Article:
Eve Troeh appears in the following:
Tuesday, March 18, 2014
Spill tells the story of the Deepwater Horizon disaster. Eve Troeh of WWNO reports that the playwright, who helped create The Laramie Project, crafted the drama from interviews with real participants.
Monday, November 11, 2013
Residents say the phrase "Who Dat" is part and parcel of New Orleans culture. The chant opens Saints football games, and "Who Dat" can now be found on T-shirts and storefronts throughout the city. But a Texas company says it owns the ubiquitous phrase — and recently filed a lawsuit to stake its claim.
Thursday, September 05, 2013
BP is fighting the settlement it agreed to last summer that let the oil company avoid thousands of potential lawsuits over the 2010 Gulf of Mexico oil spill. BP now says the claim process is corrupt and wants to stop all the money flowing from its claims fund.
Saturday, July 27, 2013
Eating a Hubig's fried fruit pie has been a ritual for decades for the local food-obsessed in New Orleans. But a year ago, a fire destroyed the baking facility and much of its custom machinery from the 1920s. Rebuilding is a long and expensive road, but fans are eagerly awaiting the bakery's comeback.
Wednesday, May 29, 2013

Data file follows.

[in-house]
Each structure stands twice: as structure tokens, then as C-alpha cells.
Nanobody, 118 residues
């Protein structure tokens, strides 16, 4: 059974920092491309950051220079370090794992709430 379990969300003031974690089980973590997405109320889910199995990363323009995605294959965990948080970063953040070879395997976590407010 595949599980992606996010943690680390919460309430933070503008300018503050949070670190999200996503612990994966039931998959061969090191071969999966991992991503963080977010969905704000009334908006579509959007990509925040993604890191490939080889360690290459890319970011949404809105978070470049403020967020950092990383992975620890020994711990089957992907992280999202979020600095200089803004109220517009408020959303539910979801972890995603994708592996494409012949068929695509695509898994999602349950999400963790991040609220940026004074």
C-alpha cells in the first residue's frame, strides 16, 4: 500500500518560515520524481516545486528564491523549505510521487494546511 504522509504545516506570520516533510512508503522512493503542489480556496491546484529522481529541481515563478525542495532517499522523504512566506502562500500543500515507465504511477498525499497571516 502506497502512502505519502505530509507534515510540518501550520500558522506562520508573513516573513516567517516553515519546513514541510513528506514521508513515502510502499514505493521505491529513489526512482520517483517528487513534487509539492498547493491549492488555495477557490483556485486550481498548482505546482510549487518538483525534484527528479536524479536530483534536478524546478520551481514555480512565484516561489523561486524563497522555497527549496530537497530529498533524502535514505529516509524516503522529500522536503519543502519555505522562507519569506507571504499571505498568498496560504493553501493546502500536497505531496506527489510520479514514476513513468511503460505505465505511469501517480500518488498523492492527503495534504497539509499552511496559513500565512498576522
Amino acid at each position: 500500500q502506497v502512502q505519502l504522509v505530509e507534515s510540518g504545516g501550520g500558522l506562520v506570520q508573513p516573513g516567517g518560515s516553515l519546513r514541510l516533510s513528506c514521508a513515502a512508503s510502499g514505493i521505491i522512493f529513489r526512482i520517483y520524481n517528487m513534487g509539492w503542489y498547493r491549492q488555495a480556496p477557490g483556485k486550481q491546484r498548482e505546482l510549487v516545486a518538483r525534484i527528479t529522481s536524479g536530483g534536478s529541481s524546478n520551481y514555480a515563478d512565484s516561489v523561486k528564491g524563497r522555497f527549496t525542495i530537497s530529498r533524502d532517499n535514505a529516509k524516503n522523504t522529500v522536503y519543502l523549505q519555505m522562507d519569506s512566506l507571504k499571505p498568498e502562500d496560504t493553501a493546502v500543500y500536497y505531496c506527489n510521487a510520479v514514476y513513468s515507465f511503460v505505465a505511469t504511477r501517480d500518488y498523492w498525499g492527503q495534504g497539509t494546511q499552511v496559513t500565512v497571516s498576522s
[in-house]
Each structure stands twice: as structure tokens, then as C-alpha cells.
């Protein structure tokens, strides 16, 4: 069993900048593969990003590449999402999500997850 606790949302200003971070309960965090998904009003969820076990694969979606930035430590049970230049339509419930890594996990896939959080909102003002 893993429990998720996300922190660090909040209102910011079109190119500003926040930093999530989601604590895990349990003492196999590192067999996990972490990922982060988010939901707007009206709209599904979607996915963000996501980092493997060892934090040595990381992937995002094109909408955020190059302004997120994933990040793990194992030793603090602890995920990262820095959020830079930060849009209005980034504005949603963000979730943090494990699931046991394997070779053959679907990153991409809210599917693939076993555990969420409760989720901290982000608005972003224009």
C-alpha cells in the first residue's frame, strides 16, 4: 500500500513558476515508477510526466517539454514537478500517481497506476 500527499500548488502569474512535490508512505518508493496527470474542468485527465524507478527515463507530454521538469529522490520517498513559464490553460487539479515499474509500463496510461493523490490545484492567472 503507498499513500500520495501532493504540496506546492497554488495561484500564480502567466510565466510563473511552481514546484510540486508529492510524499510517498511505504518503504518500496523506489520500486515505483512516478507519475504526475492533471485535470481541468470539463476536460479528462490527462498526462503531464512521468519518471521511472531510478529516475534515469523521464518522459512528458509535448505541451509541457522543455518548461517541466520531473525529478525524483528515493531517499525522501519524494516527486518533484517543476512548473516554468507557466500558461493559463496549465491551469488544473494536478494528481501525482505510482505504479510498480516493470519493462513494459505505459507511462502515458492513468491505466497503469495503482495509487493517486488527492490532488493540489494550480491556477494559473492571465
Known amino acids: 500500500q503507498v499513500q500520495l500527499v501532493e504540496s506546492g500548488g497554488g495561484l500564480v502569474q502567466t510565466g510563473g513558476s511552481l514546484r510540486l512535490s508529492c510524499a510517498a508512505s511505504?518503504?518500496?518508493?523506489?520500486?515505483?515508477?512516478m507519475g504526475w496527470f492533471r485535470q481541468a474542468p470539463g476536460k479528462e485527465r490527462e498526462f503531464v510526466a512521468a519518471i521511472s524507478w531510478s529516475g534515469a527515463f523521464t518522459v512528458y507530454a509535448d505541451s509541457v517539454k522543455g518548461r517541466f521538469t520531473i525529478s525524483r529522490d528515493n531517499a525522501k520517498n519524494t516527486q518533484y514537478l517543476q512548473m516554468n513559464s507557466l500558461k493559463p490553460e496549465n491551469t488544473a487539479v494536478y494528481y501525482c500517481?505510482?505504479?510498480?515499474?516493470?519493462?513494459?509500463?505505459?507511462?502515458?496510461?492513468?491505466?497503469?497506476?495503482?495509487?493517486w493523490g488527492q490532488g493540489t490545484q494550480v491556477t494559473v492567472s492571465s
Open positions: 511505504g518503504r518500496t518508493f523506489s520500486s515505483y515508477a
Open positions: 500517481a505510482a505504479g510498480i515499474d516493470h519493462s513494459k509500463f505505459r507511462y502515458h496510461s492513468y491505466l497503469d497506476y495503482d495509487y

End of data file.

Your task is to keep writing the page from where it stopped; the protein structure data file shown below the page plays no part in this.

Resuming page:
Residents were outraged when The Times-Picayune cut its paper-and-ink edition to three days a week to focus on its website. Now the paper is facing a new competitor for the local media market — one based 80 miles away.
Saturday, May 04, 2013
Some of the most iconic images of New Orleans musicians have come from its annual Jazz & Heritage festival — thanks to the scores of photographers who crowd the apron of the stage, vying for the best shots. Eve Troeh, of member station WWNO, tagged along with one of them this year.
Friday, August 27, 2010
In the Lower Ninth Ward, Melba Leggett lives in what she calls "the #4 Brad Pitt house." In Gentilly, Ommeed Sathe says the community is hoping a strip mall will help bring back residents. And trumpeter Troy Sawyer describes how he ended up in the Habitat ...
Friday, May 15, 2009
Each May, the Santa Monica Museum of Art holds a benefit with more than 650 paintings for sale. Some are by big names, others by total unknowns. The catch: buyers don't find out who made the pieces until after they've paid for them. We sent Eve Troeh ...